Shreveport, LA used to be a baseball town. For many, many years we had at least one minor league team. For some of that time, we had more than one. You mention the abandoned park at Fairgrounds Field, there's a good chance you'll stir emotions. Heck, most recently, people were up in arms with the Mayor for shutting down a deal to bring pro baseball back to town. We've produced several big league players including Albert Belle, Seth Lugo, Vernon Wells, and Lee Smith...just to name a few. This was a baseball town, for sure.

When it comes to baseball, there's one name that is synonymous with the sport - Babe Ruth. Despite playing his last game in 1935 and the simple fact that most of us weren't alive to watch him play, he's arguably still the biggest name in the history of the sport.

The Great Bambino's legacy has been passed down from generation to generation. Despite Hank Aaron & Barry Bonds breaking his home run record, he's still the Sultan of Swat and the Home Run King. His career, his legacy, his mythos is a part of America and has stood the test of time.

But, what you may not know is that once upon a time the Wizard of Whack came to Shreveport for an exhibition game.

What Brought Babe Ruth to Shreveport, LA?


As mentioned above, Shreveport used to be a big time baseball town. And before the creation of the Grapefruit & Cactus Leagues for spring training, most teams would visit 'Baseball Towns' to play exhibition games against the local ball club. Shreveport was no different. The Detroit Tigers, Philadelphia Athletics, St. Louis Browns and Cincinnati Reds all played spring training games here at one point or another.

But, historically speaking, the most notable spring training series to ever take place in Shreveport happened in March 1921 with the New York Yankees. Because these weren't the New York Yankees we know today. This was just the beginning of the Yankees Dynasty. George Herman Ruth wasn't quite the Great Bambino yet. He was already the most popular player in the league, but he hadn't quite become an American Icon yet. The Yankees haven't yet built a palace to baseball...they still shared the Polo Grounds with the New York Giants. But this was the year when all that changed. When George really became the Babe and the Yankees became the Yankees.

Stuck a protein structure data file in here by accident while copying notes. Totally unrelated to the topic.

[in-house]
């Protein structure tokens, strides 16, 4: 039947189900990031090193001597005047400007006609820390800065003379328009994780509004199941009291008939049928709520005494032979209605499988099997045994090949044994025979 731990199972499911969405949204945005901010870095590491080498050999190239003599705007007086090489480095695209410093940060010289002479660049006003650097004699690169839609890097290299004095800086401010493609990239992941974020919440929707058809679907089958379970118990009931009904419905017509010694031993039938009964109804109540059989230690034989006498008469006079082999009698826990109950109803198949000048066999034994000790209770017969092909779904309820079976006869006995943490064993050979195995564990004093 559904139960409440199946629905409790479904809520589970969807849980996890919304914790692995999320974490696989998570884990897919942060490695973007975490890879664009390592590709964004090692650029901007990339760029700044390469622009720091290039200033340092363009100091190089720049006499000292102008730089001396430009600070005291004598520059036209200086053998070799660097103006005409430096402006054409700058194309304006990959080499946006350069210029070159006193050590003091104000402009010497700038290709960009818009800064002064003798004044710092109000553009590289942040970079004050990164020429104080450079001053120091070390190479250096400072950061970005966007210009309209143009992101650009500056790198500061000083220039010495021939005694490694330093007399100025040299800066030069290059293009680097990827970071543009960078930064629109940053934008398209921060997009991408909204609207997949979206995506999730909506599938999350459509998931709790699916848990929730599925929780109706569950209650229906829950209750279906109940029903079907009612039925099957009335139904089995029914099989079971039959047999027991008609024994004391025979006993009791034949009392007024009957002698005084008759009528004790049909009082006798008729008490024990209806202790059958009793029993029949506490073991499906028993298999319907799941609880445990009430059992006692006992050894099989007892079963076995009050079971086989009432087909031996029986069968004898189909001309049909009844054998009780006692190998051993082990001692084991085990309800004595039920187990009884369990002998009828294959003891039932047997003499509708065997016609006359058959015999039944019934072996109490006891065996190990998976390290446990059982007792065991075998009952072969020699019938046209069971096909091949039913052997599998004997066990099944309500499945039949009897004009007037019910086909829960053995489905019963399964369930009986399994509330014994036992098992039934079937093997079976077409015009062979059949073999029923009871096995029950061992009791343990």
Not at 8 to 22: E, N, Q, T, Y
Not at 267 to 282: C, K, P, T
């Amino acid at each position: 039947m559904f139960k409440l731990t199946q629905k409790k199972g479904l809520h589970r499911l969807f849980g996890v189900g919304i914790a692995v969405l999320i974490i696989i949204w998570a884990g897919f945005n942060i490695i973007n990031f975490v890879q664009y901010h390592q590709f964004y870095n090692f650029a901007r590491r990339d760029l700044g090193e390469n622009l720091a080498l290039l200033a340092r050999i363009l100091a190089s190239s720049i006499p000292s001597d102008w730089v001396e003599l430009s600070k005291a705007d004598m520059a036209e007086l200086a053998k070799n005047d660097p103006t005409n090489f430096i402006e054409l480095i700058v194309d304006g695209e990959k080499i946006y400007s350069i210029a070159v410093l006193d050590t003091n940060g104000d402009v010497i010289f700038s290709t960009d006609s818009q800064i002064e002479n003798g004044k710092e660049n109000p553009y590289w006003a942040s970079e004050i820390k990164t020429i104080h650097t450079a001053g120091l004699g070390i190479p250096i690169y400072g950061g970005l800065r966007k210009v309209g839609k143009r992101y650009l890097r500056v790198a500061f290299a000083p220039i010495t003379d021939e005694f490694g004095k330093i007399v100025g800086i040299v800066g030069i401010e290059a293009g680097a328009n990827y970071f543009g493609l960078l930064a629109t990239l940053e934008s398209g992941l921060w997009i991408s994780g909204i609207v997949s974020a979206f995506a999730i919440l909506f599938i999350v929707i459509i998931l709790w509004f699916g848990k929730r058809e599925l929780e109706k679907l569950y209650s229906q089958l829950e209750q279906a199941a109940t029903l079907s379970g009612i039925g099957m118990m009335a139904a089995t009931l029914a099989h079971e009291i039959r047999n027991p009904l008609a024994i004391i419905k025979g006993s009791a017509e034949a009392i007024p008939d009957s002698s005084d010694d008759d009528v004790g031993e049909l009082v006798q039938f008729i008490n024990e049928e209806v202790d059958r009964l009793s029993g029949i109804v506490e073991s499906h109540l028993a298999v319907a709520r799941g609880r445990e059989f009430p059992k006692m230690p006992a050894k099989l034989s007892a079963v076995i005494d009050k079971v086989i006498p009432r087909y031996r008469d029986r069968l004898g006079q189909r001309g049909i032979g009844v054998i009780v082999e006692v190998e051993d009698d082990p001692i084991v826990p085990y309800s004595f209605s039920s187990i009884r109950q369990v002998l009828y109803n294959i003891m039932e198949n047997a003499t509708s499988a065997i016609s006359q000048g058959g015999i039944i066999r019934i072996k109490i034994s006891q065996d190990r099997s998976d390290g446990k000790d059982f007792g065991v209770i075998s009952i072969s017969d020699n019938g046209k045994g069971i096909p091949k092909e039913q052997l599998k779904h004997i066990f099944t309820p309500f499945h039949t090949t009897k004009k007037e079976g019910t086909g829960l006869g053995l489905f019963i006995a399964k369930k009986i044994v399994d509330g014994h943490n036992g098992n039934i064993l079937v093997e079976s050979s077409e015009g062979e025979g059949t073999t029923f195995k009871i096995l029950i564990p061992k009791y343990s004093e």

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The New York Yankees vs The Shreveport Gassers in March of 1921

In March of 1921, Babe Ruth was coming off his first year with Yankees. He just set the MLB home run record at 54. He was quickly becoming a household name, but wasn't quite there yet (by the end of 1921, his popularity would explode by breaking his own Home Run record with 59 bombs).

The Yankees were in town to play a Spring Training Exhibition series with the Shreveport Gassers at Gasser Park. Now, before we really get into it, you're probably think 'who the heck are the Gassers and where is Gasser Park?'. The Gassers were the Texas League team from 1915 to 1924 and were an affiliate of the Philadelphia Athletics in the 1923 & 24 seasons. Gasser Park is now known as SPAR stadium (where the Shreveport Braves played in the 60s).

READ MORE: Louisiana Natives With Their Numbers Retired By the Yankees

According to reports from the time, hundreds of fans mobbed the Yankees & the Babe at the train station when they arrived to town on March 5th. The Sporting News reported that Babe spent the trip playing with kids, signing autographs and "batting imaginary balls over the chandelier" to keep the kids entertained. The Yankees were in Shreveport for a month to get ready for the 21 season.